Monday, July 15, 2013

"Obama and a handful of other economically and politically successful Black individuals are often held up as a vindication of American democracy. In his last run for president, Obama was fond of saying, 'My story is only possible here in America--the belief that here in America, if you try, you can make it.'

"This narrative about the American Dream and the wonders of U.S. democracy isn't some folksy tale about self-empowerment and the rise of a Black president. It's a legend designed to redirect attention from structural inequality, racism, imperialism, genocide and all of the other ingredients that constitute the real story of America. Obama is held up as a prime example of how it's possible to advance under American democracy--and those who fail to rise and become successful are therefore told it's their own fault.

"The Zimmerman trial confirmed this when Trayvon Martin was systematically blamed for his own death. That ugly scapegoating is connected to the way African Americans are regularly blamed for all sorts of things--their unemployment, or disproportionate levels of poverty, or higher levels of imprisonment, or harassment at the hands of police, or higher levels of foreclosures and evictions, or the mass closures of the schools they send their children to. It's always the individual's fault--and never the system that creates and perpetuates inequality." - Keeanga Yamahtta-Taylor, "The verdict on American racism"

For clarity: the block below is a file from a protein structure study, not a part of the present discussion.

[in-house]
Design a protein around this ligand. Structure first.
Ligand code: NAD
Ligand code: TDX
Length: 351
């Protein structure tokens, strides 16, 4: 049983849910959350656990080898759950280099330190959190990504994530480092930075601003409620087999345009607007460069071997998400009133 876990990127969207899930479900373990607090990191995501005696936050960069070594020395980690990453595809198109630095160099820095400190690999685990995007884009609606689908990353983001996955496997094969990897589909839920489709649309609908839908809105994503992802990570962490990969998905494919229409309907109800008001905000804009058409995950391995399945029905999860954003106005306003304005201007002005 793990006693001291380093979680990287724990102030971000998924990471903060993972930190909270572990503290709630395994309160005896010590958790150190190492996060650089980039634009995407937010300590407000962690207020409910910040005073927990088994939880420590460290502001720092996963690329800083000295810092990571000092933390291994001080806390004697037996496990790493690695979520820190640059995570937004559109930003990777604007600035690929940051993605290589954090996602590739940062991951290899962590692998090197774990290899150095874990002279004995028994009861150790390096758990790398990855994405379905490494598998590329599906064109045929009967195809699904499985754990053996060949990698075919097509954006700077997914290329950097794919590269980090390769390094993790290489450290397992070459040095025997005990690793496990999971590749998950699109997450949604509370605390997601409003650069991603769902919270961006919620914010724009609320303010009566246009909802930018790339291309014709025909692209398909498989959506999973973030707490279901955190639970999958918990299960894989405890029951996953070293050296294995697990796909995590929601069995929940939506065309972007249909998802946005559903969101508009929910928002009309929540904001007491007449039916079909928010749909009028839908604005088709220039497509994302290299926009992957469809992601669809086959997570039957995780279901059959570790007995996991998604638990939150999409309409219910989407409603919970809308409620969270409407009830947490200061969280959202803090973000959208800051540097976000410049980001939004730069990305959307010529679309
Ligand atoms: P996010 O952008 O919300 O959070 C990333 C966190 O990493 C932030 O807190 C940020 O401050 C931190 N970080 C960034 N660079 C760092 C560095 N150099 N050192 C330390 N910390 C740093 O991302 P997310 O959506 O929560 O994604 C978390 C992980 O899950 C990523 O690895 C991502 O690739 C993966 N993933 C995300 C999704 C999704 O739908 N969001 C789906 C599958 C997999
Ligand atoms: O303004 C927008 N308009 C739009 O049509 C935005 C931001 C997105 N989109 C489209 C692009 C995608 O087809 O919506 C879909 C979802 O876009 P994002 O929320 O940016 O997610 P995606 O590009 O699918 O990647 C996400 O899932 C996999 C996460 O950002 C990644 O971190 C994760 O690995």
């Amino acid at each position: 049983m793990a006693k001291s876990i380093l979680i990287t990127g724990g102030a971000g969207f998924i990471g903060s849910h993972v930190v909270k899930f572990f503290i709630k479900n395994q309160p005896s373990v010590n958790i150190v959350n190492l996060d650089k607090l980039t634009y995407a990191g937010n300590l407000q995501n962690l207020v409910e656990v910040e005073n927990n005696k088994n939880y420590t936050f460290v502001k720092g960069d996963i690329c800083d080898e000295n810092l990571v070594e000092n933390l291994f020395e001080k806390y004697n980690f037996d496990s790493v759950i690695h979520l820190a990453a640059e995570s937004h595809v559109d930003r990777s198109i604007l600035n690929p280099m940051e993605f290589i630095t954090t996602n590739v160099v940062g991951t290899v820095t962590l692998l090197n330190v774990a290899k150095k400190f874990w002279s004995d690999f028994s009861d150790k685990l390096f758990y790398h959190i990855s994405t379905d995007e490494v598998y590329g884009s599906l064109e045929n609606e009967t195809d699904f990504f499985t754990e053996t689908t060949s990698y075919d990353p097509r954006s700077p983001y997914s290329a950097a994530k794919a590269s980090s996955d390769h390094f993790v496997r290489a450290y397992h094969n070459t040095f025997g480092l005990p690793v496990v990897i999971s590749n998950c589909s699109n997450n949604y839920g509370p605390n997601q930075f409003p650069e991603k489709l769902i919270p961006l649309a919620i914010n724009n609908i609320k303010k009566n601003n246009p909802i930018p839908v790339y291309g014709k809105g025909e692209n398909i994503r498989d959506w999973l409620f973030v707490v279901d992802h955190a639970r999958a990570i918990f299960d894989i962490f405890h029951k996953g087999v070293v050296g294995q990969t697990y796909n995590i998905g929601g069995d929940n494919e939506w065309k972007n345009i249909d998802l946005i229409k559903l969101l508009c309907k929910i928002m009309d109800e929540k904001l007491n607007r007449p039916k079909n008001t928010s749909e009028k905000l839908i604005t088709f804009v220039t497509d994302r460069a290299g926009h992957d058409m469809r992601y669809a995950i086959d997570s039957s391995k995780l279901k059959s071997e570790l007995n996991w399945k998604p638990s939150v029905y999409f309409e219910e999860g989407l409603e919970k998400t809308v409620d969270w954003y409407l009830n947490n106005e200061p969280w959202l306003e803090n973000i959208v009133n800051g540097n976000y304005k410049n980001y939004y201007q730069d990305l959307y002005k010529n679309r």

"Underclass constructions revise the old nature/culture dichotomy, in which 'culture' stood for the principle of human plasticity and adaptation - in the old, Enlightenment view, the agency of progress. Instead, the power of the underclass idea derives from its naturalization of 'culture' as an independent force that undermines adaptability and retards progress.

"Culture-of-poverty ideology resuscitates the idea of cultural lag, itself a vestige of antique notions of racial temperament.

"The underclass image proceeds from a view of class in general that strikingly resembles Victorian convention. Victorians often used 'class' and 'race' interchangeably; each category was seen as innate. Class and race essences generally were thought to include - in addition to distinctive physiognomy - values, attitudes, and behavior. Thus, Victorian fiction fiction commonly featured characters in humble circumstances who, though unaware of their true, genteel natal origins, always felt ill at ease or out of place among their coarse fellows, as well as other characters whose base derivations, unknown even to themselves, nonetheless brought them low in polite society." - Adolph Reed, Jr., "The Underclass Myth"

" 'Race' is purely a social construction; it has no core reality outside a specific social and historical context. That is not to say that it doesn't exist or that it is therefore meaningless, but its material force derives from state power, not some ahistorical 'nature' or any sort of primordial group affinities - the nineteenth-century racist mush that has never lost its appeal as a simpleminded journalistic frame. Racial difference is not merely reflected in enforced patterns of social relations; it emerges exclusively from them." - Adolph Reed, Jr., "Skin Deep"

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